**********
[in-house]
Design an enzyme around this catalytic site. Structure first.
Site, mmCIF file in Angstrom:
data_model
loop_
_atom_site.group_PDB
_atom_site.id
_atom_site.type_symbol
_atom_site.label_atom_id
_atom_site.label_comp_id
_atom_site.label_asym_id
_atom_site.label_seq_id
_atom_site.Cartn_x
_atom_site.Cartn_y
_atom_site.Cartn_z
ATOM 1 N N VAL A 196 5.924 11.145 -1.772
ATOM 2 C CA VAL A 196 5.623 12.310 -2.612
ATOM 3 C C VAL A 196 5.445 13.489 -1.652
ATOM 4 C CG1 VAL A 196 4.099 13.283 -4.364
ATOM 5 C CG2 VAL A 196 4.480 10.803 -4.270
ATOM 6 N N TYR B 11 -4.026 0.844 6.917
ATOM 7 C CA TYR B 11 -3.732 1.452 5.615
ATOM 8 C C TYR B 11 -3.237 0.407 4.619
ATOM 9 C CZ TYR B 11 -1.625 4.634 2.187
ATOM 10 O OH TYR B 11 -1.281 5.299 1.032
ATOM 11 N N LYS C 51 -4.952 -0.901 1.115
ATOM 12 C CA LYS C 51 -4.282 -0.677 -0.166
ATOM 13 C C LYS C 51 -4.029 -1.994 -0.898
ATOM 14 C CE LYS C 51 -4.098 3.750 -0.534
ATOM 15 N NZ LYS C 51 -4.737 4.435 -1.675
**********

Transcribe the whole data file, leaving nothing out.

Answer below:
[in-house]
Design an enzyme around this catalytic site. Structure first.
Site, mmCIF file in Angstrom:
data_model
loop_
_atom_site.group_PDB
_atom_site.id
_atom_site.type_symbol
_atom_site.label_atom_id
_atom_site.label_comp_id
_atom_site.label_asym_id
_atom_site.label_seq_id
_atom_site.Cartn_x
_atom_site.Cartn_y
_atom_site.Cartn_z
ATOM 1 N N VAL A 196 5.924 11.145 -1.772
ATOM 2 C CA VAL A 196 5.623 12.310 -2.612
ATOM 3 C C VAL A 196 5.445 13.489 -1.652
ATOM 4 C CG1 VAL A 196 4.099 13.283 -4.364
ATOM 5 C CG2 VAL A 196 4.480 10.803 -4.270
ATOM 6 N N TYR B 11 -4.026 0.844 6.917
ATOM 7 C CA TYR B 11 -3.732 1.452 5.615
ATOM 8 C C TYR B 11 -3.237 0.407 4.619
ATOM 9 C CZ TYR B 11 -1.625 4.634 2.187
ATOM 10 O OH TYR B 11 -1.281 5.299 1.032
ATOM 11 N N LYS C 51 -4.952 -0.901 1.115
ATOM 12 C CA LYS C 51 -4.282 -0.677 -0.166
ATOM 13 C C LYS C 51 -4.029 -1.994 -0.898
ATOM 14 C CE LYS C 51 -4.098 3.750 -0.534
ATOM 15 N NZ LYS C 51 -4.737 4.435 -1.675